More recently, this same family friend had the opportunity to meet the prime minister of AJK at a dinner. At an opportune moment he put the following question to him: “As someone born and raised in AJK yourself, how do you explain Kashmiri people’s drive for education reflected in its higher literacy rate?”
In reply, the prime minister offered a sensible explanation – Kashmiris, particularly those in mountainous regions, live hard lives that require a lot of effort just to get by. The local economy is small, and opportunities to make a good living are limited. This is in stark contrast with life in major cities and agricultural Punjab and Sindh. When someone from their community manages to get a good education, they often witness him/her gradually uplifting the entire
family. The people in these hard areas, perhaps more than the people of any other region, realize that a good education is their children’s ticket to a better life.
Last week my work took me to Chitral and adjoining areas. For school-going children of all ages, their daily route can only be described as an uphill hike. Some of the children I talked to described 45-60-minute walks to school as routine in the area. Further north, in Upper Chitral, the time children walk to school grows to several hours (one way!). Cultural differences aside, like Kashmiris, Chitralis understand the importance of education and send their children to school, despite the harsh challenges.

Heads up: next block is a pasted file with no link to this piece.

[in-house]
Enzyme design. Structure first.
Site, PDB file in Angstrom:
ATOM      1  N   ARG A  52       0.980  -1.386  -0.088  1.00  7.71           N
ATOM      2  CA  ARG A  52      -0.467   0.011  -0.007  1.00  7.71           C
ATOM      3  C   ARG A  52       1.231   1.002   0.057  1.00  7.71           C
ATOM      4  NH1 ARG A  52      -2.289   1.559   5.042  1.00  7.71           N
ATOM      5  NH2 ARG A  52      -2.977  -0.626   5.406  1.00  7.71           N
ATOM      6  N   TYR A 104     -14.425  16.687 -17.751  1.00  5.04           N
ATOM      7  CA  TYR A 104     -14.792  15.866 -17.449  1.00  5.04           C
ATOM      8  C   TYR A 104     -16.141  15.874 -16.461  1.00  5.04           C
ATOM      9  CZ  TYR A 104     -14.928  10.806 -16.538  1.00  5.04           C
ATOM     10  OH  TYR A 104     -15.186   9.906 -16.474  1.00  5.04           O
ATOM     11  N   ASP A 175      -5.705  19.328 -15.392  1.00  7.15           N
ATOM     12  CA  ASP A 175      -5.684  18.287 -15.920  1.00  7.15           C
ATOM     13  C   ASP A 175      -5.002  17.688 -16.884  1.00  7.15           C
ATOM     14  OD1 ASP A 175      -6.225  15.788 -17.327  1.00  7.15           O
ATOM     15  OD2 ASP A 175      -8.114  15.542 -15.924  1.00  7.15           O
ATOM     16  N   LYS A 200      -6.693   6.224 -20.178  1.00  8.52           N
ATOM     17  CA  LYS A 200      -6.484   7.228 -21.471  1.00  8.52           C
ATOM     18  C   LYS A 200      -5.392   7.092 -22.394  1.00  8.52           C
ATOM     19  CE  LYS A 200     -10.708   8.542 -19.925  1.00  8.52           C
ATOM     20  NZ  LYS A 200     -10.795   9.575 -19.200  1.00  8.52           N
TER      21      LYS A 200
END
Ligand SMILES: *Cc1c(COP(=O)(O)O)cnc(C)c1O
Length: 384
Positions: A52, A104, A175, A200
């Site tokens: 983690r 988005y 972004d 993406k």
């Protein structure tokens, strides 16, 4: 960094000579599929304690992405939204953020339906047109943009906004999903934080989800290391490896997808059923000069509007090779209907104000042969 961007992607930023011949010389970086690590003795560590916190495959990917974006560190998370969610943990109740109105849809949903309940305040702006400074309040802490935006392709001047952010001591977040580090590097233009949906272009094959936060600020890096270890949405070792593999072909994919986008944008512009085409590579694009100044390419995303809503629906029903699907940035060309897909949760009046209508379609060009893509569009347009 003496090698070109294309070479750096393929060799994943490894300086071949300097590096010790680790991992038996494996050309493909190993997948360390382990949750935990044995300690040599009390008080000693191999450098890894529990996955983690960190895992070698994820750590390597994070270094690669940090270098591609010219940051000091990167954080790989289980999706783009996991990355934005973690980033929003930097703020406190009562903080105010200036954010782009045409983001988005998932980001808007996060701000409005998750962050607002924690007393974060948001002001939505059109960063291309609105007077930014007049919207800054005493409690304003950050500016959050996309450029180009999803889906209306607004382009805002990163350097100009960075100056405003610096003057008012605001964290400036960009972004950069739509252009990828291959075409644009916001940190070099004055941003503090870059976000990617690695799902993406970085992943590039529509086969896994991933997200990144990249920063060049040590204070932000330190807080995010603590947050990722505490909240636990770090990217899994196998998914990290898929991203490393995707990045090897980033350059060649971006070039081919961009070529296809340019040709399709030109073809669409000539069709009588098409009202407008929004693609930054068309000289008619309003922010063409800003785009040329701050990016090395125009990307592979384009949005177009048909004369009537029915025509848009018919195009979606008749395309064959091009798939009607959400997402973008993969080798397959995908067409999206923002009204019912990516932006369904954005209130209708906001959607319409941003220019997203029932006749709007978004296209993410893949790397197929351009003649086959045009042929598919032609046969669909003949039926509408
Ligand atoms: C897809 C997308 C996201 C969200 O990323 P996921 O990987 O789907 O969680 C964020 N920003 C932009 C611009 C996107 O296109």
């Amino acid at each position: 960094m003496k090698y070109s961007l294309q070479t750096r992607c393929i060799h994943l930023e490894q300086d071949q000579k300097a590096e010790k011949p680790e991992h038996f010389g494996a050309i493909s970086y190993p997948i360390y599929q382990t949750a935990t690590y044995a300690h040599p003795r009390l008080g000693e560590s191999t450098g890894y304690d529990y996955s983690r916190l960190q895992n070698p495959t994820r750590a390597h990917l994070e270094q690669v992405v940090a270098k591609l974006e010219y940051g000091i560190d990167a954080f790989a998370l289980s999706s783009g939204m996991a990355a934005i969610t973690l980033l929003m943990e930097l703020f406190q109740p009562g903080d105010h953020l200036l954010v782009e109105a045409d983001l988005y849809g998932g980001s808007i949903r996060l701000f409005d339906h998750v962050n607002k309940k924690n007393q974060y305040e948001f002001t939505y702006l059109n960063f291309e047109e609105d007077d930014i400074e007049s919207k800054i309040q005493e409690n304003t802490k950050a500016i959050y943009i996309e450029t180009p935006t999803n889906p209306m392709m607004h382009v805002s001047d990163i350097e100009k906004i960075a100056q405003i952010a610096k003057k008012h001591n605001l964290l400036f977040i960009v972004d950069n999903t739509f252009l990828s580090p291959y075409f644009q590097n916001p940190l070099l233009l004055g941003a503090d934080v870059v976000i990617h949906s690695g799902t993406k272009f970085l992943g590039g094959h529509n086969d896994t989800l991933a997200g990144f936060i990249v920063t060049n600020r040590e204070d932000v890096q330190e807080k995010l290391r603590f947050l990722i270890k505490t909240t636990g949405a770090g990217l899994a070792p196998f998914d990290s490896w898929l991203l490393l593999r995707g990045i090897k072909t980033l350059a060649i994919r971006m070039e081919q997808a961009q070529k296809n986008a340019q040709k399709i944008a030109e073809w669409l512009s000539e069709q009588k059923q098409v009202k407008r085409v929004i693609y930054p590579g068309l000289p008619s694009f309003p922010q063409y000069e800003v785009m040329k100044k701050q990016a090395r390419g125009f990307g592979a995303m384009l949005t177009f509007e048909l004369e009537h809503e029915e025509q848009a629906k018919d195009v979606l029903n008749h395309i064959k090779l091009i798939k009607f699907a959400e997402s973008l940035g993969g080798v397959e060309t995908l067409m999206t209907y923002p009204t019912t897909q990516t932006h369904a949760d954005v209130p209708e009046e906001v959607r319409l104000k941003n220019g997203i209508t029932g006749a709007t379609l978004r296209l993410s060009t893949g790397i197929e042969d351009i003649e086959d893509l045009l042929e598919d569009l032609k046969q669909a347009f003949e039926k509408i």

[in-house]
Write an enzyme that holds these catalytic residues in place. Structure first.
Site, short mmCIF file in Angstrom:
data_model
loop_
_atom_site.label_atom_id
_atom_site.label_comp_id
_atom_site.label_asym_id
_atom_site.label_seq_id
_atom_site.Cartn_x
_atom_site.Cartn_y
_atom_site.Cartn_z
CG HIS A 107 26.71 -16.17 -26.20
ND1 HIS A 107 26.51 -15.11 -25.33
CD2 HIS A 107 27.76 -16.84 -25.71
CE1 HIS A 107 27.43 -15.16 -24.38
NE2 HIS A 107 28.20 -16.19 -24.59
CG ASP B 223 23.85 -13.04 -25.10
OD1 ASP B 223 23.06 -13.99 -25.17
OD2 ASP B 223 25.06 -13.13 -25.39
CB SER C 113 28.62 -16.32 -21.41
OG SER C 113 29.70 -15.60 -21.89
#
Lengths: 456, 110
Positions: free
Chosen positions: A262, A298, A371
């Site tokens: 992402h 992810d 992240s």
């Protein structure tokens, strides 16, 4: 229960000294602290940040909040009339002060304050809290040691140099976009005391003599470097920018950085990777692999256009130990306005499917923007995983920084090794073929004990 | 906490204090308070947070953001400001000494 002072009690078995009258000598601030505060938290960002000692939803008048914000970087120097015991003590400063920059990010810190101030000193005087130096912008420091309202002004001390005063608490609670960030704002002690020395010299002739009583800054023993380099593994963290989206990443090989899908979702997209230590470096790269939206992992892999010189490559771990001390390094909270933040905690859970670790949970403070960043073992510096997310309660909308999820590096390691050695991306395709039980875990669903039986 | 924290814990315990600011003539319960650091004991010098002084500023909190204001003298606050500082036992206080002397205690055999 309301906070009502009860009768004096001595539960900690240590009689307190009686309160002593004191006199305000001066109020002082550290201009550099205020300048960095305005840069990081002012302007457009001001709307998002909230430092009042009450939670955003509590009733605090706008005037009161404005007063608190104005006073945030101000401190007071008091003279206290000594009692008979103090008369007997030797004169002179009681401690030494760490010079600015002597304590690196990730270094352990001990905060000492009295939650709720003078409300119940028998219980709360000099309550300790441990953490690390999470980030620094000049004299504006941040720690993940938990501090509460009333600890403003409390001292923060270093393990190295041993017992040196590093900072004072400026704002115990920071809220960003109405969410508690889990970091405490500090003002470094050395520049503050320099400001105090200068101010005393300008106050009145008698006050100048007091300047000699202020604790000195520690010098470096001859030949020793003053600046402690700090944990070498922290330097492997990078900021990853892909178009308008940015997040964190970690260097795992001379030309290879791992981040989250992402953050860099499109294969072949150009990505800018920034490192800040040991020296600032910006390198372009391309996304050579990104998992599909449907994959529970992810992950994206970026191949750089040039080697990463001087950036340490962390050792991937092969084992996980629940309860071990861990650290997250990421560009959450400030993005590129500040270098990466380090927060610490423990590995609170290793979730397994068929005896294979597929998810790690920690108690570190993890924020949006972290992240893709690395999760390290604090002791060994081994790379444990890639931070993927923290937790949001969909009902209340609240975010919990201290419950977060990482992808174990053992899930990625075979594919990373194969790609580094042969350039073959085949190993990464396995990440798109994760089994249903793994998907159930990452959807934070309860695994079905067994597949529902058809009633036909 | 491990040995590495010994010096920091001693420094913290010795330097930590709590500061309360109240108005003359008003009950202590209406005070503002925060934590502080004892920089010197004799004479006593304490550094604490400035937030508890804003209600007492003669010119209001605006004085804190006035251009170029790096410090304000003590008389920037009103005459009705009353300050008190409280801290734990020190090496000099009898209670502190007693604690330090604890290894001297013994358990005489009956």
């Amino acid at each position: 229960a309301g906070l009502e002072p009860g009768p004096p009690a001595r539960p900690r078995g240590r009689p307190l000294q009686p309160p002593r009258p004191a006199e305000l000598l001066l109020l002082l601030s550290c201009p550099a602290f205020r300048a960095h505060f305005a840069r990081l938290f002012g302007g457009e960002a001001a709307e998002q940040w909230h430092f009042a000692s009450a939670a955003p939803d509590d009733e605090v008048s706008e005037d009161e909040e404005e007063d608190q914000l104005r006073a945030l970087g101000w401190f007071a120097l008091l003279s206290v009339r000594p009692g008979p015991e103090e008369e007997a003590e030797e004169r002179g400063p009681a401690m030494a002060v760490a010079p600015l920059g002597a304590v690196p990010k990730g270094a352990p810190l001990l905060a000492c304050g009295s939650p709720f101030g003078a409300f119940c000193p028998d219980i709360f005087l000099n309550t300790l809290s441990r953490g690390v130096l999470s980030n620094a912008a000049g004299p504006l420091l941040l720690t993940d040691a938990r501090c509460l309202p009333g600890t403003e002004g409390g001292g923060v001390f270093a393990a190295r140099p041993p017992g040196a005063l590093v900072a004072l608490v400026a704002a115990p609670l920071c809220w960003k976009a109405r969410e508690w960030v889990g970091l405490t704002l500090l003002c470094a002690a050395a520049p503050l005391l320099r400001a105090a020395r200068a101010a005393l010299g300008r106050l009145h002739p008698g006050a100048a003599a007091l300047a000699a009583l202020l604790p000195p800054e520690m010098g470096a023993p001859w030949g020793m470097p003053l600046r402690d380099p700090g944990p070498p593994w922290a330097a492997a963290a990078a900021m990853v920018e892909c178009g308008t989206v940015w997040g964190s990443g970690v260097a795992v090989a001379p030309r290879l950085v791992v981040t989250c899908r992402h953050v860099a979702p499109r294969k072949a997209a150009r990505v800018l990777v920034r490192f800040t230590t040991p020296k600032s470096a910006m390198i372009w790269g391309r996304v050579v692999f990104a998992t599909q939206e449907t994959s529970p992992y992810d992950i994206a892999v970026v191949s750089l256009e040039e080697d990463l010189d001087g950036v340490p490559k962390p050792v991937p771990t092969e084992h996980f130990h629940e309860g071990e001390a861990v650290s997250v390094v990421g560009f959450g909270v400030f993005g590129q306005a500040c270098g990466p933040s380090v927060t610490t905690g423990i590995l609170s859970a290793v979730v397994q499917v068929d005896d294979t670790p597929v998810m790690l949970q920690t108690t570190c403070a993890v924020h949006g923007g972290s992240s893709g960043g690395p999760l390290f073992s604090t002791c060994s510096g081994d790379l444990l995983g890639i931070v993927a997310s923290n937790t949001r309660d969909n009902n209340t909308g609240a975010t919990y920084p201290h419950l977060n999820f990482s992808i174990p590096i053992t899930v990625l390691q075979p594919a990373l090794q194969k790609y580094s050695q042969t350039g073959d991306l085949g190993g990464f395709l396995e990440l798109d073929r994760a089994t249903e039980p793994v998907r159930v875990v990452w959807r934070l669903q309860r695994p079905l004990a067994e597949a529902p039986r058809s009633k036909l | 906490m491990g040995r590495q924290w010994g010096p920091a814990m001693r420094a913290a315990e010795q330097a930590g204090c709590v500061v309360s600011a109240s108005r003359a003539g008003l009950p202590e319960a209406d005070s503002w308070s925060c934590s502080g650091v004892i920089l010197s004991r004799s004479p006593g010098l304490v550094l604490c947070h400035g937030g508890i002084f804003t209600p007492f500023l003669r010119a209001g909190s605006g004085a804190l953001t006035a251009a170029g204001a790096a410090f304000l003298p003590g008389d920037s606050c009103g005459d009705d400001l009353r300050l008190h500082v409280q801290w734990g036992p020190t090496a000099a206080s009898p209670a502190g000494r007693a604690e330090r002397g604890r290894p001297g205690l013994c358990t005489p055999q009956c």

The experience of meeting and talking to locals (in some cases with their families) made me realize the fundamental importance of roads in not only connecting their economies to the larger national economy, connecting people to opportunities, but also to grow the service radius of schools. It is more beneficial and more economical, in the long run, to build an all-weather road than to replicate social services like schools, colleges, hospitals, etc.